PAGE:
Rushing yards per game
Miami offense: 78.0 (25th)
New England defense: 127.1 (31st)
When the Dolphins pass
Second-year pro Ryan Tannehill has developed quickly into a quality QB. It’s especially impressive considering he spent a good chunk of his college days as a wide receiver. A very good wide receiver. Tannehill (6 feet 4 inches, 225 pounds) is smart and athletic, and has a big arm. His mobility allows him to extend plays, and he’s not opposed to tucking the ball and running. After working almost exclusively from the shotgun in college, Tannehill struggled in traditional pro sets as a rookie but has improved. He still has a tendency to lock on to his primary receivers but has made great strides here, too. Brian Hartline (6-2, 200) is an underrated receiver. Pigeonholed as strictly a possession receiver, he has shown the speed and athleticism to be a threat on all routes. Mike Wallace (6-0, 200) is a superb athlete with elite speed. Wallace has strong hands and uses them to break press coverage and make acrobatic catches. Brandon Gibson (6-0, 210) is a sure-handed receiver with deceptive speed and nice after-the-catch moves. Charles Clay (6-3, 250) is an athletic tight end with reliable hands. The secondary is now the strength of New England’s defense. Corners Aqib Talib (big and in your face), Alfonzo Dennard (athletic and strong), and Kyle Arrington (he needs a bounce-back game) are solid. Safeties Devin McCourty (he’s always around the ball) and Steve Gregory (ditto) cover a ton of ground and make a ton of tackles.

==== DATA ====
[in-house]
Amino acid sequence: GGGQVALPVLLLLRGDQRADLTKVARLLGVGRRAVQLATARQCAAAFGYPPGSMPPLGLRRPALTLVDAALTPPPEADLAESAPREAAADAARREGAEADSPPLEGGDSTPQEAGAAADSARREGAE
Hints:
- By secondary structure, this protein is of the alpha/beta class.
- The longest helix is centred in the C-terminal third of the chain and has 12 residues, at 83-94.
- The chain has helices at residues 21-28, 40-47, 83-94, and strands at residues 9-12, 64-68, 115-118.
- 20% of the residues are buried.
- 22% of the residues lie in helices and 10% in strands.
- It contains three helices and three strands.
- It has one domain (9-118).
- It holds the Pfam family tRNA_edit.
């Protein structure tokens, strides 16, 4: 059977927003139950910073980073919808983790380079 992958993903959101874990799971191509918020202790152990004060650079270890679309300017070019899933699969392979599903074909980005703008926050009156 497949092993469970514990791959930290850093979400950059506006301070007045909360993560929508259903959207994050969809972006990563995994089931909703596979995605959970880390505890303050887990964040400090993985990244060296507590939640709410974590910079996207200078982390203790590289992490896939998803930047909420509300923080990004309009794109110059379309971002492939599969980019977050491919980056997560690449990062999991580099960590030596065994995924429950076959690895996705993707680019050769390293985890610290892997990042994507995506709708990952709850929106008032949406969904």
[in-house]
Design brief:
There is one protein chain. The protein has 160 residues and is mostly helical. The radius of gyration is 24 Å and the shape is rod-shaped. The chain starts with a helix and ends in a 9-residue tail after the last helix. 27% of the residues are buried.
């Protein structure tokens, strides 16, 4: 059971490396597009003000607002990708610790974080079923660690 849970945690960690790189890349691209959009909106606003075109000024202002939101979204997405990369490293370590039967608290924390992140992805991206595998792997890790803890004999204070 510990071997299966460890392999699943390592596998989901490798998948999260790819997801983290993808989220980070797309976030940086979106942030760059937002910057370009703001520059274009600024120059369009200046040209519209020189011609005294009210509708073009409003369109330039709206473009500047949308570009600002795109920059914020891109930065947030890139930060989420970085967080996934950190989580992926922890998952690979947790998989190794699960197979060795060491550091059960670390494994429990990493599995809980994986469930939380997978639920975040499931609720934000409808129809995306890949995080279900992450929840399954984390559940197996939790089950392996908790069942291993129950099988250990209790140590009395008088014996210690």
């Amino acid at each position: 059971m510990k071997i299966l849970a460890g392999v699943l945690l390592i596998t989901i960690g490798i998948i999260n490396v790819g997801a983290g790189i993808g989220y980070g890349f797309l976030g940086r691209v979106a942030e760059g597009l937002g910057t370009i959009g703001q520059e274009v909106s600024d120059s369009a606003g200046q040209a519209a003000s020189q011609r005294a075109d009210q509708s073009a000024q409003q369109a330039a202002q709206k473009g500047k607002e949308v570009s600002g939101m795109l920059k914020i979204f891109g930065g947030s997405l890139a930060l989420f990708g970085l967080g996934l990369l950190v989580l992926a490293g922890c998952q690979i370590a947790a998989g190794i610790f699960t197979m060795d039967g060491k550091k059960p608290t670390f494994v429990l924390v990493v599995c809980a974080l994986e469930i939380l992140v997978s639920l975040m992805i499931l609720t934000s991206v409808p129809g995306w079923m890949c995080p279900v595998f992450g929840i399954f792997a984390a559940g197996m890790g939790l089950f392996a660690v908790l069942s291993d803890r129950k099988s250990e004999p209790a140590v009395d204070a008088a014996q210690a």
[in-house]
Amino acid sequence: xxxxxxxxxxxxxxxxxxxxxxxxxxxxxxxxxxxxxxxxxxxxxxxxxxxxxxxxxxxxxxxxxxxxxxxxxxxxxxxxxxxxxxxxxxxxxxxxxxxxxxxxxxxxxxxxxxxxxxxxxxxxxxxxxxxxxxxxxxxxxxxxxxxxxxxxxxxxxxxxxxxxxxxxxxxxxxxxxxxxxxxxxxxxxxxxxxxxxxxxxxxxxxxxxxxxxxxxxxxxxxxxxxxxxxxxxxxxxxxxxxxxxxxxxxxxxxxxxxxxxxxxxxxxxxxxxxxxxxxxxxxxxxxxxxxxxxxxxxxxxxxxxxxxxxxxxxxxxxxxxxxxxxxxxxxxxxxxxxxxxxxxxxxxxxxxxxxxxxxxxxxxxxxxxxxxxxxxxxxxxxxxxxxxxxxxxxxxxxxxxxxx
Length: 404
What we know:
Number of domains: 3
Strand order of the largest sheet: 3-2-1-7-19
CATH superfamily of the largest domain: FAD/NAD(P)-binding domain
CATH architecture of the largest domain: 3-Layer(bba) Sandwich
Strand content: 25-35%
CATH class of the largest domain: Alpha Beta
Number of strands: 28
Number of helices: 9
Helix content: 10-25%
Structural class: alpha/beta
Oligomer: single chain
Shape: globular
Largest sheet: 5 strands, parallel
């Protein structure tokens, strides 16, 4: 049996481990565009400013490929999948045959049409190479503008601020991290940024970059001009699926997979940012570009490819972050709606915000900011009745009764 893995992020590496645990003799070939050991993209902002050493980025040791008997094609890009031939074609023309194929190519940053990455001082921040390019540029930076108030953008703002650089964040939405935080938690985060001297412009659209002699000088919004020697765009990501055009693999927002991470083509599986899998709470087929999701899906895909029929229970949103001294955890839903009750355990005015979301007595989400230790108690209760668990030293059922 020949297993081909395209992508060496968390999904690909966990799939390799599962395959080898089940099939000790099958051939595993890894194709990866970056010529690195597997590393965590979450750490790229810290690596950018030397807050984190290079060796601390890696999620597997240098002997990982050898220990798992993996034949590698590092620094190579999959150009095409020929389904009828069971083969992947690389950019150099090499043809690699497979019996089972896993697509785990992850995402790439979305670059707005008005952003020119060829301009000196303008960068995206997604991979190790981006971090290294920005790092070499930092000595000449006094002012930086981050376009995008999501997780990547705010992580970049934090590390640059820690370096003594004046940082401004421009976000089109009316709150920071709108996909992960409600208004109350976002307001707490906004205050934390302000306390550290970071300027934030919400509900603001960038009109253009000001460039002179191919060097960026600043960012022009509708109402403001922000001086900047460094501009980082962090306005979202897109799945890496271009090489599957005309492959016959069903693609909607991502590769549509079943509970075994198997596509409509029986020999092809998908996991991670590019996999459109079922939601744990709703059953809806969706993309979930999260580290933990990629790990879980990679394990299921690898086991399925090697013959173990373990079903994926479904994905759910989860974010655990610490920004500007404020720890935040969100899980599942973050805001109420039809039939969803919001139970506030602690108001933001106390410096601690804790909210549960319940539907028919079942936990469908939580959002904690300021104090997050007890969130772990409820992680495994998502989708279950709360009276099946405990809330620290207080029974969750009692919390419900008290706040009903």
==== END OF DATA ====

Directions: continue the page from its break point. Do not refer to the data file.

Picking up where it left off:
Passing yards per game
Miami offense: 234.7 (16th)
New England defense: 225.6 (11th)
Dolphins’ key player: Cameron Wake
A 6-foot-2-inch, 258-pound menace off the edge, the former Penn State star and Canadian Football League defector (yes, he was undrafted) has collected 45½ sacks since arriving from the Great White North. He seems almost fully recovered from early-season knee woes.
HOW HE BEATS YOU: By blasting off the end like a teenager on Red Bull. Wake goes all out on every play, and his quickness often leaves blockers flat-footed and quarterbacks flattened.
HOW TO SHUT HIM DOWN: By using extra bodies. He lacks size but not strength, so chip blocking is a must to help the tackles keep him from collapsing the pocket all afternoon.
DOLPHINS’ KEYS TO VICTORY:
1. Ground control: Lamar Miller and Daniel Thomas must attack the middle of the weakened New England defense and keep the clock ticking.
2.Feats of Clay: Ryan Tannehill has to target tight end Charles Clay early and often — or until Patriots linebacker Dont’a Hightower proves he can stop him.
3.Full pockets: Stout tackles Randy Starks and Paul Soliai must bring pressure up the gut and prevent Tom Brady from getting comfortable.
PATRIOTS’ KEYS TO VICTORY:
1. Distributive property: It’s great to have Gronk back. But it’d be better to get everyone involved. Tom Brady was once a master at this. He needs to return to form.
2. Blount force: LeGarrette Blount proved earlier this season he can be an effective complementary running back. His energy is being wasted on kickoff returns.
3. Blessing in disguise: Mixing up the looks on defense is a must. Ryan Tannehill is better than he was but he still doesn’t have great recognition skills.
Patriots 27, Dolphins 17
Jim McBride can be reached at firstname.lastname@example.org.